Sunday, November 29, 2015

Understanding Gender

[Author’s note: This article is designed to introduce the topic of transgender people to those who don't understand why someone would want to change their gender. I also add a few of my thoughts on the topic of gender. I have many more related articles in the works, so check back in the next few weeks, more interesting content is on the way.]

Boys are more aggressive and less social than girls. Girls are more nurturing, compassionate and caring than boys.

Right?

Wrong.

As a society, we often talk about the differences between boys and girls, men and women. Inevitably, someone says boys are one way and girls are another. I have no doubt there are meaningful differences between the average personalities of men and women — but there are so many exceptions. I know lots of men who are very compassionate and caring. I know some women who have difficulty controlling their anger, a trait often associated with men. It is overly simplistic and misleading to say all men are one way and all women are another. It just isn’t true.

When we discuss and research gender we should always have these exceptions in mind.

Friends and family often ask, “Is it a boy or is it a girl?” when they hear a new baby is on the way. Based upon this information, they start making all kinds of assumptions about a person that hasn’t even been born. If an assumption turns out to be true, it’s seen as proof of the differences between boys and girls. If a prediction is proven false, it’s ignored.

Society generally believes that gender is determined by whether someone is born male or female. Traits such as a person’s genitals or hormones that are used to label them as a boy or girl describe their biological sex.

Everyone has a list of personality traits, interests and behaviors they understand as being boy things or girl things. Not everyone’s lists are identical, but there is often considerable overlap between people’s lists within a given society.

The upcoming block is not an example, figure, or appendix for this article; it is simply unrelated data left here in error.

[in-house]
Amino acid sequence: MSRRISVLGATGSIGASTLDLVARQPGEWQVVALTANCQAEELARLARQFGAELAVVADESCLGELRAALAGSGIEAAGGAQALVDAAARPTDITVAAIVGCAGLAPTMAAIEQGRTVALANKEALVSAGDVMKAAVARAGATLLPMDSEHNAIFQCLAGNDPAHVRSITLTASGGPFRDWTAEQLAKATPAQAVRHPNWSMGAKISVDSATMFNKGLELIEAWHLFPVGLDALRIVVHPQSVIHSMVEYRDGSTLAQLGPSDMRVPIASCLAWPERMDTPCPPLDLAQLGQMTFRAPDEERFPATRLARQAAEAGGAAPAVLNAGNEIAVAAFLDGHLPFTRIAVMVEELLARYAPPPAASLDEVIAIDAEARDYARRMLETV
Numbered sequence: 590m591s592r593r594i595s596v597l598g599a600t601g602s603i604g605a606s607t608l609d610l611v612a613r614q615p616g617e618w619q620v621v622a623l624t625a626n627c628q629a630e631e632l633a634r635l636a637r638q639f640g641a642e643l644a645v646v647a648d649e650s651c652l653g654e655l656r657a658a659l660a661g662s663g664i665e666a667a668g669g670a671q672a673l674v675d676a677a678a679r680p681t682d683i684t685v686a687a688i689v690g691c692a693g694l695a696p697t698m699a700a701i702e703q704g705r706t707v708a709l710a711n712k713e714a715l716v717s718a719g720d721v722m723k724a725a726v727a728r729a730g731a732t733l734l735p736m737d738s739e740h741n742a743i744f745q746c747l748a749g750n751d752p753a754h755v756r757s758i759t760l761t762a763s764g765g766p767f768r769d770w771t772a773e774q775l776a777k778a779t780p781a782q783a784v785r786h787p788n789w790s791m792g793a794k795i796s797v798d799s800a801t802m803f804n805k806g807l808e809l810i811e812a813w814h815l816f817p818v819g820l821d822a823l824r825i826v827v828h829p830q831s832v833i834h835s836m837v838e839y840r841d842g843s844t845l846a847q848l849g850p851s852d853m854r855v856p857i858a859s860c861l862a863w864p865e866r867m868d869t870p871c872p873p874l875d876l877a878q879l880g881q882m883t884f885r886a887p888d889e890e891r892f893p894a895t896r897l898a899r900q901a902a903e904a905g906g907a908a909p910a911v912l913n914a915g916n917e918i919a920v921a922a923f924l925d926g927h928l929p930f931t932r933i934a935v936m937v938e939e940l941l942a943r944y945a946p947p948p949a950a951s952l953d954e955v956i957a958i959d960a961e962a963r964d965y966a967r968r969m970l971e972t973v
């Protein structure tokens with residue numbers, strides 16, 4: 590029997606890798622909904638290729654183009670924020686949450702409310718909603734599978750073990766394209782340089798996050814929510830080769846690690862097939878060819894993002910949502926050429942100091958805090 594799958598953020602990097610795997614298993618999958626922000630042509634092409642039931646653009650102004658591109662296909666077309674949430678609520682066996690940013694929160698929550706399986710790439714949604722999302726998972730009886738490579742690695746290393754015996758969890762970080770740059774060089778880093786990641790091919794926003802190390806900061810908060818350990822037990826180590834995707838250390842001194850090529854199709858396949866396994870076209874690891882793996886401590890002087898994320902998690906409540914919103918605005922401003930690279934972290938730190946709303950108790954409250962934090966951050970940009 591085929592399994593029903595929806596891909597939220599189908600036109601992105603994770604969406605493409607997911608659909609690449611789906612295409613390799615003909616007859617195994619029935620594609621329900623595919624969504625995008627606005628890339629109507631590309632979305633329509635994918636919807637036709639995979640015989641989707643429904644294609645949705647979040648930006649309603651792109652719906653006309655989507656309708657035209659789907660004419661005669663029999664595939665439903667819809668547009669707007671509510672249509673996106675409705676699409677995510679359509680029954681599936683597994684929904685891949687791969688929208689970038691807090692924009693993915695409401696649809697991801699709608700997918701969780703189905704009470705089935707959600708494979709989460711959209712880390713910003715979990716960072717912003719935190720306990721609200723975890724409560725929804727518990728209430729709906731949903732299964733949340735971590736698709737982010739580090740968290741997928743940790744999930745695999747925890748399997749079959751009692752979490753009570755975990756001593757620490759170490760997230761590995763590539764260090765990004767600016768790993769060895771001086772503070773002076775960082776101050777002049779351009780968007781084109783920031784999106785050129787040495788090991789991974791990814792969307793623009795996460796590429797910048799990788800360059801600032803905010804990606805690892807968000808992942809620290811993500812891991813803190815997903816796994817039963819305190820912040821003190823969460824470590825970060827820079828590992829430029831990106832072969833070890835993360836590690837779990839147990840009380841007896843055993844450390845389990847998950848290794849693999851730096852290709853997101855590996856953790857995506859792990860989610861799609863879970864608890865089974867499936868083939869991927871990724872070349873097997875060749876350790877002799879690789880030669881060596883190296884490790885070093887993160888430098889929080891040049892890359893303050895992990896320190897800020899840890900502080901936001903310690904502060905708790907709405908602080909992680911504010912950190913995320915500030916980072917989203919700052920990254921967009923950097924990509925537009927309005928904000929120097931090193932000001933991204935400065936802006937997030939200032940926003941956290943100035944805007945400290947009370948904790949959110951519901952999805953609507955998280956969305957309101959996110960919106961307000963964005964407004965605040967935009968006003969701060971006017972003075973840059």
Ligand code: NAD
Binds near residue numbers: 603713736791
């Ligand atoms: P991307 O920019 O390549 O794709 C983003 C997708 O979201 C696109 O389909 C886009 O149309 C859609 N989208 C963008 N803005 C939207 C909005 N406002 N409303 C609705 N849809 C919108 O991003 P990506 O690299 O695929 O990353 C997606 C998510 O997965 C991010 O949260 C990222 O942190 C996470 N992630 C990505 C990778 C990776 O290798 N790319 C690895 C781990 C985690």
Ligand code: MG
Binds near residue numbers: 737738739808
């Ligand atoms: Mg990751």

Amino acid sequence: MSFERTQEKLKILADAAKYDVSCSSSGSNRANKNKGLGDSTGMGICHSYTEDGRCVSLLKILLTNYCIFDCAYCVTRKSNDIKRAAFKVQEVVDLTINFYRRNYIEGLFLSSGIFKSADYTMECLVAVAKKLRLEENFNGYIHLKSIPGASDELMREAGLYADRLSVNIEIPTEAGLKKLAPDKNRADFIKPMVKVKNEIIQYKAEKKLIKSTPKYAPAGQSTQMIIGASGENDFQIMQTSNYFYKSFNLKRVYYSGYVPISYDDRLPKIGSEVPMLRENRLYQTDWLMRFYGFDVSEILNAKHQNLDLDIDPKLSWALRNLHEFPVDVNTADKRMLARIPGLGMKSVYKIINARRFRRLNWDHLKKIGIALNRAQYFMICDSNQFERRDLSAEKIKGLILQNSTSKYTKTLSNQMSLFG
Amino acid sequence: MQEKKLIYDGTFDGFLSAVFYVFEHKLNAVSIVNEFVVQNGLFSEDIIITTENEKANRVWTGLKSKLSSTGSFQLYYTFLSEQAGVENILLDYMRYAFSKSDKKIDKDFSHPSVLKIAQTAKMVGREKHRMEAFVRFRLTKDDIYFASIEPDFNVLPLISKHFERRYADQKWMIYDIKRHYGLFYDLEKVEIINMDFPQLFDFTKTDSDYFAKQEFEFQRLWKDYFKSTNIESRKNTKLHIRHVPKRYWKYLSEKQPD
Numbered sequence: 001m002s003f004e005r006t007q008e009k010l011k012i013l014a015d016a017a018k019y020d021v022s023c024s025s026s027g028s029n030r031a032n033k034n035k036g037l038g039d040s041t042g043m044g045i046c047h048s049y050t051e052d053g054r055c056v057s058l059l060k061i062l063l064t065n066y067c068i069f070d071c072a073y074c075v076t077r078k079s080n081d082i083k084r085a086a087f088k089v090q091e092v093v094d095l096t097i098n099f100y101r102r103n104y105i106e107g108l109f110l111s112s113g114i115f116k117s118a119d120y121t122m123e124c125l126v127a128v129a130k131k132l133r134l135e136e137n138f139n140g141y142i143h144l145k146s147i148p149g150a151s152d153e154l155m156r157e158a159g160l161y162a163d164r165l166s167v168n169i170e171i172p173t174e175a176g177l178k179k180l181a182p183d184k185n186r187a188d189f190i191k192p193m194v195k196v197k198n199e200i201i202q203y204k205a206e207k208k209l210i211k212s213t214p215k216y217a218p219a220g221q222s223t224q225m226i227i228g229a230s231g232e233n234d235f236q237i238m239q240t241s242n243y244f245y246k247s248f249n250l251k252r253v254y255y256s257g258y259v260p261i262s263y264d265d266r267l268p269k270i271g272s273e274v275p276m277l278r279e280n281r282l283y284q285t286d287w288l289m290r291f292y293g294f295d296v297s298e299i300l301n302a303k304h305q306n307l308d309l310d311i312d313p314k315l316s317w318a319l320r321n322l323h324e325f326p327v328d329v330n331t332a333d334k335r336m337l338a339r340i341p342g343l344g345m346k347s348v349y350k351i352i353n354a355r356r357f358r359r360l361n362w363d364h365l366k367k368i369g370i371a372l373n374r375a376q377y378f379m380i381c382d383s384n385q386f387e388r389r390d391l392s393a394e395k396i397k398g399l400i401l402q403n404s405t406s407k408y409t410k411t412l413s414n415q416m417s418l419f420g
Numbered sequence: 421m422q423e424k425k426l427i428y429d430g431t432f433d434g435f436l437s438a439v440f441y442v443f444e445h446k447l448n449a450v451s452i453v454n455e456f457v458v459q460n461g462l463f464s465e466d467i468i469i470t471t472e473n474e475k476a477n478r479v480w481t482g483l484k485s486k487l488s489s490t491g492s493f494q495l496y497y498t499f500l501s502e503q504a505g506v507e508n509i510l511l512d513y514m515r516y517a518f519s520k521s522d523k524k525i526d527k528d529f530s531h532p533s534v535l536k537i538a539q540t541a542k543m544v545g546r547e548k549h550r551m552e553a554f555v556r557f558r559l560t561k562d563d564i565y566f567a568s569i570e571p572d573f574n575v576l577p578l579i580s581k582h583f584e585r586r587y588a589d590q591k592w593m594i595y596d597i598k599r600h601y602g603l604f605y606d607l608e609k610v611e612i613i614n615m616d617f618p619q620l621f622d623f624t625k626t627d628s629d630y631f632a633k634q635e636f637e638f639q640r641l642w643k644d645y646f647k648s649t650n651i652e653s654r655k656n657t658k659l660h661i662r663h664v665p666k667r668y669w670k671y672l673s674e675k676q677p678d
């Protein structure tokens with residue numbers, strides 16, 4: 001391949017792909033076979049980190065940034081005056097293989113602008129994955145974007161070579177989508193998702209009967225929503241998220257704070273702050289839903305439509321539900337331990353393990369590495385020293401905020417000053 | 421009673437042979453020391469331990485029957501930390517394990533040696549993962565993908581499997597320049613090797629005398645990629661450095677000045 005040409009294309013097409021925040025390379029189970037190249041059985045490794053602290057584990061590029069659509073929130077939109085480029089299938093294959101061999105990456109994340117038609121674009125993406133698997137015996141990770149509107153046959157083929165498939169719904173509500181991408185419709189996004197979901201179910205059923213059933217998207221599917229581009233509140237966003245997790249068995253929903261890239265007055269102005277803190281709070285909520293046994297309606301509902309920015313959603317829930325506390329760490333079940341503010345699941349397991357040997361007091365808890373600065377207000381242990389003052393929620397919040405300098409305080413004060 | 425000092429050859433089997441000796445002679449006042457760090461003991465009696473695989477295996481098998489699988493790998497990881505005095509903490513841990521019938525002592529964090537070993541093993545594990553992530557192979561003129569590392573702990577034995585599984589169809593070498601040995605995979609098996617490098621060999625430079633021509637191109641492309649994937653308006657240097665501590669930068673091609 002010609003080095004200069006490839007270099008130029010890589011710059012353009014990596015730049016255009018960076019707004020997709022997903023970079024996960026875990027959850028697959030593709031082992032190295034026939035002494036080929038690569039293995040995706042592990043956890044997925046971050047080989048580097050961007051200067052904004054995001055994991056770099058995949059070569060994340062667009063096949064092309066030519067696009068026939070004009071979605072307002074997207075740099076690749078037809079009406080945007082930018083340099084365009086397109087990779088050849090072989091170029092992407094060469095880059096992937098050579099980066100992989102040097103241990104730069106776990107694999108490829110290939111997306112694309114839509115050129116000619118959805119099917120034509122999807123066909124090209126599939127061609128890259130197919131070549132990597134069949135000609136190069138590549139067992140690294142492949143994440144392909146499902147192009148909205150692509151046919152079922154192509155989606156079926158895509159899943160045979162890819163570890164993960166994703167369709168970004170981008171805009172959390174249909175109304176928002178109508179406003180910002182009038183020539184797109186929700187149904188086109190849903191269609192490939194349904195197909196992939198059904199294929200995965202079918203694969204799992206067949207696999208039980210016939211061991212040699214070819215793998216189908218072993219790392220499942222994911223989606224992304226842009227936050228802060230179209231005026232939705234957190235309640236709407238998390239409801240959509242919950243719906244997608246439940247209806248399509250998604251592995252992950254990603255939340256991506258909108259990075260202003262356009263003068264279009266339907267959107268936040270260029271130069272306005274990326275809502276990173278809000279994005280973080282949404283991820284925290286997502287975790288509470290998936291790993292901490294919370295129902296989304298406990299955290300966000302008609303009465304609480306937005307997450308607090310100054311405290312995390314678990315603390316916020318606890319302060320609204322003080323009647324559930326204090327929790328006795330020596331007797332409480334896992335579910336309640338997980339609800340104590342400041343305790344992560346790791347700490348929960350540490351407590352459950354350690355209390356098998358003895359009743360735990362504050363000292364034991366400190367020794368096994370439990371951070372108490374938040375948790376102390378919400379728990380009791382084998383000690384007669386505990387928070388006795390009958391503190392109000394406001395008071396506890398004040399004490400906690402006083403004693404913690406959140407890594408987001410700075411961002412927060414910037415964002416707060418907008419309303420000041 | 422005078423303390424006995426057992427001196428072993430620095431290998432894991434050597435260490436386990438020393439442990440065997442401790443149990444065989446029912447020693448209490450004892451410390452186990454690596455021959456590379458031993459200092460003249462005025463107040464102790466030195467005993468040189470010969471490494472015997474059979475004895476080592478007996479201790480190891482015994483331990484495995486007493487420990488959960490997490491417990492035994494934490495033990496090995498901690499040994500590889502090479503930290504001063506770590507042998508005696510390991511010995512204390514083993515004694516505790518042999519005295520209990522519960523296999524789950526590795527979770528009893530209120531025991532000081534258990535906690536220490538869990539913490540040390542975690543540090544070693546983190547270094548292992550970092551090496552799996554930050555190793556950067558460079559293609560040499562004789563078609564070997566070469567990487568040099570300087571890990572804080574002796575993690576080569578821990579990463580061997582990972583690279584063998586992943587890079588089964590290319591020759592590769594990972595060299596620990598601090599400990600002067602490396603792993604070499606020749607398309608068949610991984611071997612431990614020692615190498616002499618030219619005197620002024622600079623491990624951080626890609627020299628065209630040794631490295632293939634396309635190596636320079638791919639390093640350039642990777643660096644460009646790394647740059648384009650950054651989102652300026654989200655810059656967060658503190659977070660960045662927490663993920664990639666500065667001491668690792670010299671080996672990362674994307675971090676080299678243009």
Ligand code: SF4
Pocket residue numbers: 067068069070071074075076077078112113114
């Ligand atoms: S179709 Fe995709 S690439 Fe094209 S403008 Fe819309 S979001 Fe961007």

But gender isn’t determined by whether you are born male or female, it’s determined by whether you feel male or female. Most boys look at their list of boy and girl things and feel the boy list matches them better. Most girls feel the girl list fits them better.

However, some boys feel the girl list is a better description of who they are. And some girls are more comfortable with the things in the boy list.

These people are known as transgender.

Decker Moss was born female but identifies as male. How someone feels about their gender is known as their gender identity. When someone’s gender identity matches their biological sex, they’re known as cis-gender. Decker and those like him whose biological sex doesn't match their gender identity are known as transgender. 



Decker gave a Ted Talk explaining his experiences in 2013.




Rikki Arundel was born male, but identifies as female. Rikki gave a Ted Talk explaining her thoughts on gender earlier this year.




Many transgender people feel depressed because others don’t accept them for who they are. I will share the stories of transgender people dealing with mental health problems in my next article.